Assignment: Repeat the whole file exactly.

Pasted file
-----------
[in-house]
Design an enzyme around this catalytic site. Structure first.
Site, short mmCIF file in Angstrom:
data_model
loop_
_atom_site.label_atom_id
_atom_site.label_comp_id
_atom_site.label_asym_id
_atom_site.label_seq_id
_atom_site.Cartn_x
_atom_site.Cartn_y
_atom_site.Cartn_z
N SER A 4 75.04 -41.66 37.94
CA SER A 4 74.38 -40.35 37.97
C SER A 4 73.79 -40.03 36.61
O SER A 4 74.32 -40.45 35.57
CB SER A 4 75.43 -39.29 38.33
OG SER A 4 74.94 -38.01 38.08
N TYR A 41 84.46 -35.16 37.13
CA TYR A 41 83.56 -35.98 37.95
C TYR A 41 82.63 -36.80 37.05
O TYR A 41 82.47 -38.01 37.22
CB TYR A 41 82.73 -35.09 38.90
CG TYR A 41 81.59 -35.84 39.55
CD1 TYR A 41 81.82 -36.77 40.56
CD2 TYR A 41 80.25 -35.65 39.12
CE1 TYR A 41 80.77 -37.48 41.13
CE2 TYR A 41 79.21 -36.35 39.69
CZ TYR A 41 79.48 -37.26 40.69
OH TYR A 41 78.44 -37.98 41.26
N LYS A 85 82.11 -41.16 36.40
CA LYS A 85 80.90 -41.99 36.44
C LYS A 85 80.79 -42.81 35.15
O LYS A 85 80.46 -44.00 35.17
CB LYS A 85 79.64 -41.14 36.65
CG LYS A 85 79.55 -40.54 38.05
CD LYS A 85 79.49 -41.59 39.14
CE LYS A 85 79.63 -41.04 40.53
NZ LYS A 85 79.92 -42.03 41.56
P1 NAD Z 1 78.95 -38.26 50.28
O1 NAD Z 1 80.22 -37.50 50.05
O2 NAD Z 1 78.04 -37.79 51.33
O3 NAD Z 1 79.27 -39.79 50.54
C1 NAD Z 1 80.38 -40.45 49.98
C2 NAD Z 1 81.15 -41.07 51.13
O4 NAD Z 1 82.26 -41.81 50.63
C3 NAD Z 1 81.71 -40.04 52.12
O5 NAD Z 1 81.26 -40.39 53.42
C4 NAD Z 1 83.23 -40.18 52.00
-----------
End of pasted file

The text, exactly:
[in-house]
Design an enzyme around this catalytic site. Structure first.
Site, short mmCIF file in Angstrom:
data_model
loop_
_atom_site.label_atom_id
_atom_site.label_comp_id
_atom_site.label_asym_id
_atom_site.label_seq_id
_atom_site.Cartn_x
_atom_site.Cartn_y
_atom_site.Cartn_z
N SER A 4 75.04 -41.66 37.94
CA SER A 4 74.38 -40.35 37.97
C SER A 4 73.79 -40.03 36.61
O SER A 4 74.32 -40.45 35.57
CB SER A 4 75.43 -39.29 38.33
OG SER A 4 74.94 -38.01 38.08
N TYR A 41 84.46 -35.16 37.13
CA TYR A 41 83.56 -35.98 37.95
C TYR A 41 82.63 -36.80 37.05
O TYR A 41 82.47 -38.01 37.22
CB TYR A 41 82.73 -35.09 38.90
CG TYR A 41 81.59 -35.84 39.55
CD1 TYR A 41 81.82 -36.77 40.56
CD2 TYR A 41 80.25 -35.65 39.12
CE1 TYR A 41 80.77 -37.48 41.13
CE2 TYR A 41 79.21 -36.35 39.69
CZ TYR A 41 79.48 -37.26 40.69
OH TYR A 41 78.44 -37.98 41.26
N LYS A 85 82.11 -41.16 36.40
CA LYS A 85 80.90 -41.99 36.44
C LYS A 85 80.79 -42.81 35.15
O LYS A 85 80.46 -44.00 35.17
CB LYS A 85 79.64 -41.14 36.65
CG LYS A 85 79.55 -40.54 38.05
CD LYS A 85 79.49 -41.59 39.14
CE LYS A 85 79.63 -41.04 40.53
NZ LYS A 85 79.92 -42.03 41.56
P1 NAD Z 1 78.95 -38.26 50.28
O1 NAD Z 1 80.22 -37.50 50.05
O2 NAD Z 1 78.04 -37.79 51.33
O3 NAD Z 1 79.27 -39.79 50.54
C1 NAD Z 1 80.38 -40.45 49.98
C2 NAD Z 1 81.15 -41.07 51.13
O4 NAD Z 1 82.26 -41.81 50.63
C3 NAD Z 1 81.71 -40.04 52.12
O5 NAD Z 1 81.26 -40.39 53.42
C4 NAD Z 1 83.23 -40.18 52.00